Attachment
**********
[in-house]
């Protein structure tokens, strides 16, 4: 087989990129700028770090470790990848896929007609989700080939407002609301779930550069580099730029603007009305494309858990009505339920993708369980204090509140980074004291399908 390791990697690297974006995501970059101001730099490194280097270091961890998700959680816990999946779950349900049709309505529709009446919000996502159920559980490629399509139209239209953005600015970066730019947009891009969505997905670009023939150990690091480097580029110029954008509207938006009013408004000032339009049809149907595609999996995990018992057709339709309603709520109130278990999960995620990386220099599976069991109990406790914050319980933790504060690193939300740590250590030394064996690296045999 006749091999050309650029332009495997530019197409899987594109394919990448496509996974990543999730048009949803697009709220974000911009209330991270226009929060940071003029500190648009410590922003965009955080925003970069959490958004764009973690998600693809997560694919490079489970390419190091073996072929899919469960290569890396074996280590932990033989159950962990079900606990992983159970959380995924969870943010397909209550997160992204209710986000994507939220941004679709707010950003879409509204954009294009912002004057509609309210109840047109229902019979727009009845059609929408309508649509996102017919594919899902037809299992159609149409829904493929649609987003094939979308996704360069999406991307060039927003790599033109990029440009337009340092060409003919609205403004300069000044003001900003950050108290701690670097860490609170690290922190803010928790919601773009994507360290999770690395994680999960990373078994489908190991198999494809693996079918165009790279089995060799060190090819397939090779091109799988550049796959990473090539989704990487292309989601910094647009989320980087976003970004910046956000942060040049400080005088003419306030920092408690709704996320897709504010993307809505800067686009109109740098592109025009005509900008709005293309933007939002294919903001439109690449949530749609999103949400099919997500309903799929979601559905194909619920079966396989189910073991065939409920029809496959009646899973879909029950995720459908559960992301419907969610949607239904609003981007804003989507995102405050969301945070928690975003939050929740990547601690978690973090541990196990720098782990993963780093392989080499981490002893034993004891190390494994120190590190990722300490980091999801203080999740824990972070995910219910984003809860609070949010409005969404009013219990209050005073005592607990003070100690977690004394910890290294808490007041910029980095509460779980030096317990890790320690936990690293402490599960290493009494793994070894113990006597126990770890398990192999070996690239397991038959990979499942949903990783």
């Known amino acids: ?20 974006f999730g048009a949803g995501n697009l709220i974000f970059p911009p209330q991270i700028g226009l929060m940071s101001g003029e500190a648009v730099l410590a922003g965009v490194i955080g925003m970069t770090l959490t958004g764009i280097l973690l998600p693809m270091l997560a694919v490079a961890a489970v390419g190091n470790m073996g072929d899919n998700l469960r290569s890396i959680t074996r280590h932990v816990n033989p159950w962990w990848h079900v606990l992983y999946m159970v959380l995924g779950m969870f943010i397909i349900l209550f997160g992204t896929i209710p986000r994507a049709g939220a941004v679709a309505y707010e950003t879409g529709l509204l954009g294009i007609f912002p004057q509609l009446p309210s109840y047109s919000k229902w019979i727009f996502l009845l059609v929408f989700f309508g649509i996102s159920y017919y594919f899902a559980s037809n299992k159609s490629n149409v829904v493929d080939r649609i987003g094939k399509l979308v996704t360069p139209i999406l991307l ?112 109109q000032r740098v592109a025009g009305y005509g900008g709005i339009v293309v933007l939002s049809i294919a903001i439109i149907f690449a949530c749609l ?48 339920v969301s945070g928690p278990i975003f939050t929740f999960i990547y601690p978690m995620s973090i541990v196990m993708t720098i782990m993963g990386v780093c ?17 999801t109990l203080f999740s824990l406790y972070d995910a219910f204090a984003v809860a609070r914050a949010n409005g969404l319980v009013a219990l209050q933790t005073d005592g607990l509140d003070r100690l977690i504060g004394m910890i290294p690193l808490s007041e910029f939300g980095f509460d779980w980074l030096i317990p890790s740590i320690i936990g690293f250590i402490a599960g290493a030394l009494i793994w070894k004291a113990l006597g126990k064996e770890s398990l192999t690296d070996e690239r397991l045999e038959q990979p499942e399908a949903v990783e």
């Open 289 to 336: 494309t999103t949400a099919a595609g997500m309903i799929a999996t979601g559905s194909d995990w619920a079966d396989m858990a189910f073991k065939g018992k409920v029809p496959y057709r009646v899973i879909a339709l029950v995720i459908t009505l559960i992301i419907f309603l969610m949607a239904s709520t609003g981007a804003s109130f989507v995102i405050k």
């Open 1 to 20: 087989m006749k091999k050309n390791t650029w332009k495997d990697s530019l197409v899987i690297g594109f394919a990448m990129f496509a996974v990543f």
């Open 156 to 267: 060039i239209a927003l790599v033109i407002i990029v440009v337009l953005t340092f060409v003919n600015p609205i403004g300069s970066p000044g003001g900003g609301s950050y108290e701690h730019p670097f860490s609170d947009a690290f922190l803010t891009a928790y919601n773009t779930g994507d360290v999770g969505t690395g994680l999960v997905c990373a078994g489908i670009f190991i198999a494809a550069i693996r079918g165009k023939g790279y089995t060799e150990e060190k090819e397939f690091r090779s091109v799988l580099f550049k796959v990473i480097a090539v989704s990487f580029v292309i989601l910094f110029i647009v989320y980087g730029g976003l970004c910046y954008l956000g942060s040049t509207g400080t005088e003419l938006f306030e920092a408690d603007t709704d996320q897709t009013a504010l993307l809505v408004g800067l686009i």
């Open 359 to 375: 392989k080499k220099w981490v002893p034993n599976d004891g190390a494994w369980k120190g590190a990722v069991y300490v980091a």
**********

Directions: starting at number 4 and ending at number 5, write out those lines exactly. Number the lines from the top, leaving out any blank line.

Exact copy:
């Open 289 to 336: 494309t999103t949400a099919a595609g997500m309903i799929a999996t979601g559905s194909d995990w619920a079966d396989m858990a189910f073991k065939g018992k409920v029809p496959y057709r009646v899973i879909a339709l029950v995720i459908t009505l559960i992301i419907f309603l969610m949607a239904s709520t609003g981007a804003s109130f989507v995102i405050k």
């Open 1 to 20: 087989m006749k091999k050309n390791t650029w332009k495997d990697s530019l197409v899987i690297g594109f394919a990448m990129f496509a996974v990543f």